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Genome Biol. 2007;8(2):R21.

Patterns and rates of intron divergence between humans and chimpanzees.

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Unitat de Biologia Evolutiva, Departament de Ciències Experimentals i de la Salut, Universitat Pompeu Fabra, Carrer Dr Aiguader 88, 08003 Barcelona, Catalonia, Spain.



Introns, which constitute the largest fraction of eukaryotic genes and which had been considered to be neutral sequences, are increasingly acknowledged as having important functions. Several studies have investigated levels of evolutionary constraint along introns and across classes of introns of different length and location within genes. However, thus far these studies have yielded contradictory results.


We present the first analysis of human-chimpanzee intron divergence, in which differences in the number of substitutions per intronic site (Ki) can be interpreted as the footprint of different intensities and directions of the pressures of natural selection. Our main findings are as follows: there was a strong positive correlation between intron length and divergence; there was a strong negative correlation between intron length and GC content; and divergence rates vary along introns and depending on their ordinal position within genes (for instance, first introns are more GC rich, longer and more divergent, and divergence is lower at the 3' and 5' ends of all types of introns).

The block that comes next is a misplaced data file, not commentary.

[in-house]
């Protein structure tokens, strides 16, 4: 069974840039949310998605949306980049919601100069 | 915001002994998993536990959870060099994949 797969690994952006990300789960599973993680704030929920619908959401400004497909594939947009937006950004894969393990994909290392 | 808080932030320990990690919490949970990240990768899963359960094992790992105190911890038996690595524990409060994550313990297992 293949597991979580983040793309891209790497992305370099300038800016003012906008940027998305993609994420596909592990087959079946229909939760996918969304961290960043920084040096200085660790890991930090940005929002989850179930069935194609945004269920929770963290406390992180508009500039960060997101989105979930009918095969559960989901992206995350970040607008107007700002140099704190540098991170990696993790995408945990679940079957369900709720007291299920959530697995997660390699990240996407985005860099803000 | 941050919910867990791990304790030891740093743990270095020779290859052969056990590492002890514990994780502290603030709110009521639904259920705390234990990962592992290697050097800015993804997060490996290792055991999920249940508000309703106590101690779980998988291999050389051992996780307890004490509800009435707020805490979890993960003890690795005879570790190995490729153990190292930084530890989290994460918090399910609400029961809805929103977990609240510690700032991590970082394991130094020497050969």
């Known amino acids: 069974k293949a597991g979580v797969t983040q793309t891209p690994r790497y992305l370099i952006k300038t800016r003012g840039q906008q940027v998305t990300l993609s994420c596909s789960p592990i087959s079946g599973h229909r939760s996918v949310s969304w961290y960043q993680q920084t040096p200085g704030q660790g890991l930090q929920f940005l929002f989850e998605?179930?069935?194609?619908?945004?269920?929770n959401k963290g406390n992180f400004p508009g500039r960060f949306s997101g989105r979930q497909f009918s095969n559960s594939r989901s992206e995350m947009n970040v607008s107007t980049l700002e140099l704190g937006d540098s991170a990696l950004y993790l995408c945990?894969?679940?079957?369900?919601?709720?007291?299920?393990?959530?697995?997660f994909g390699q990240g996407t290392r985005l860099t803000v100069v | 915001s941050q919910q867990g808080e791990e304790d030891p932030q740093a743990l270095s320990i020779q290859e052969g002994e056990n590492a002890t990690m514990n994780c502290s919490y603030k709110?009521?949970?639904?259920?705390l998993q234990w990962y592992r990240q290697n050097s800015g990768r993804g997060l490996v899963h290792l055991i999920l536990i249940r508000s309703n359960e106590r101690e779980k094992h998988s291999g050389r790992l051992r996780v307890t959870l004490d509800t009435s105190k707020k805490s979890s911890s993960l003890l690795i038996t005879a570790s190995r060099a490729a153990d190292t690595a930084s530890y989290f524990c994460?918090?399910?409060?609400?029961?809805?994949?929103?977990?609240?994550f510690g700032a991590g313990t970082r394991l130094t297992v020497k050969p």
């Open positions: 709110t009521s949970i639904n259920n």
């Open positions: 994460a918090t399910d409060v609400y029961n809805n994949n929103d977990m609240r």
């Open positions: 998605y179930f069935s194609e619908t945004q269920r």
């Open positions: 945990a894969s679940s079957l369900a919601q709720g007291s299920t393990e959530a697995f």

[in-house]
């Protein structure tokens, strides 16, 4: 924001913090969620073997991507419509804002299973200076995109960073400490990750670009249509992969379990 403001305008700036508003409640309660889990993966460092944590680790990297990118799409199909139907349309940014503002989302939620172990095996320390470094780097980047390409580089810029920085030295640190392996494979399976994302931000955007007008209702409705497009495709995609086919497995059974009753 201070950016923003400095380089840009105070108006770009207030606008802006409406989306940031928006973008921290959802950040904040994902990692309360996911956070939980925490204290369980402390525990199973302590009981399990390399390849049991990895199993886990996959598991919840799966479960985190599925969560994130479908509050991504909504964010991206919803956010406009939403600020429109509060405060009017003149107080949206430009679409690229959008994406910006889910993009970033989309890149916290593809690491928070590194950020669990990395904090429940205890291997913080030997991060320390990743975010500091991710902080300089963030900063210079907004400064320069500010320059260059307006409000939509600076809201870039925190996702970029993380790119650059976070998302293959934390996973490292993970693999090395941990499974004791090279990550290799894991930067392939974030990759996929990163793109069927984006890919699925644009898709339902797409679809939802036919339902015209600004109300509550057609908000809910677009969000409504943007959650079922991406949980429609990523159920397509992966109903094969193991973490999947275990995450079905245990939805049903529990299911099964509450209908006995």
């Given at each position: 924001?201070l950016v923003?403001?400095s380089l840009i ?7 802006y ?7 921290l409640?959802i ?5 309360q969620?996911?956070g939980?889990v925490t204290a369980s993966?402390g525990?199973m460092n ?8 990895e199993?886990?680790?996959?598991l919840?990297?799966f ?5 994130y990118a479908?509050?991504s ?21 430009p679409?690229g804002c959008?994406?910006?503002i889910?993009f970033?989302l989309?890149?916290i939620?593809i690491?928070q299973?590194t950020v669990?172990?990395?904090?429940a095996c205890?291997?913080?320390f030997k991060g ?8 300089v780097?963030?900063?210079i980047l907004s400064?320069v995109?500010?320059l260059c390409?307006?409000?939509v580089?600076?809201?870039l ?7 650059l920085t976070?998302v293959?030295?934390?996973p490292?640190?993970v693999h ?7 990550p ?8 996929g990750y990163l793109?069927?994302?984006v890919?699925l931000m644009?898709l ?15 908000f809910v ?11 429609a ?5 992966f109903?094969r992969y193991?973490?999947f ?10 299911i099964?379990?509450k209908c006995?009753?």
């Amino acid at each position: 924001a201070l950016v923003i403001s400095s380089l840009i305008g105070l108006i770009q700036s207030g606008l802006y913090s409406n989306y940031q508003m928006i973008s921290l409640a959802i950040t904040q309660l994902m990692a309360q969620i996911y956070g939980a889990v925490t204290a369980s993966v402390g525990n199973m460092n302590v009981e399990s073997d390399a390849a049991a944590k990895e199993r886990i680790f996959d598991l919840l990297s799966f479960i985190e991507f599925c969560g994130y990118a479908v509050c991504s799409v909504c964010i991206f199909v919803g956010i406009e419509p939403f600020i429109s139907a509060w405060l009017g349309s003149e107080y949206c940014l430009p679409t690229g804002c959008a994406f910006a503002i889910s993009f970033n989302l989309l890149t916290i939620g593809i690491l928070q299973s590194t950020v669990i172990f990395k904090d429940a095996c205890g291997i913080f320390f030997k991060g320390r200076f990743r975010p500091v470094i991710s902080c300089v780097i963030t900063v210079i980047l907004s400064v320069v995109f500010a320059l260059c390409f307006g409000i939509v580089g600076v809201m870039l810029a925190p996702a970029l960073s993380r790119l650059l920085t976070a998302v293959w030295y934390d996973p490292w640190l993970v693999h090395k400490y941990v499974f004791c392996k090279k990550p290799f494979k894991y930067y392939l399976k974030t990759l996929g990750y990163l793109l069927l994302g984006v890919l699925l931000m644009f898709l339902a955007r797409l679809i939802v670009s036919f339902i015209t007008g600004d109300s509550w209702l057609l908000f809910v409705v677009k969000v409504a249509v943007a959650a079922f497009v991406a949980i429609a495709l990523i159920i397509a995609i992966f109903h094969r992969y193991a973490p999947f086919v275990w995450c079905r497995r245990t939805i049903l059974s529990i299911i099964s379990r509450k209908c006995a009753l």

We show that the higher divergence of first introns is related to their larger size. Also, the lower divergence of short introns suggests that they may harbor a relatively greater proportion of regulatory elements than long introns. Moreover, our results are consistent with the presence of functionally relevant sequences near the 5' and 3' ends of introns. Finally, our findings suggest that other parts of introns may also be under selective constraints.

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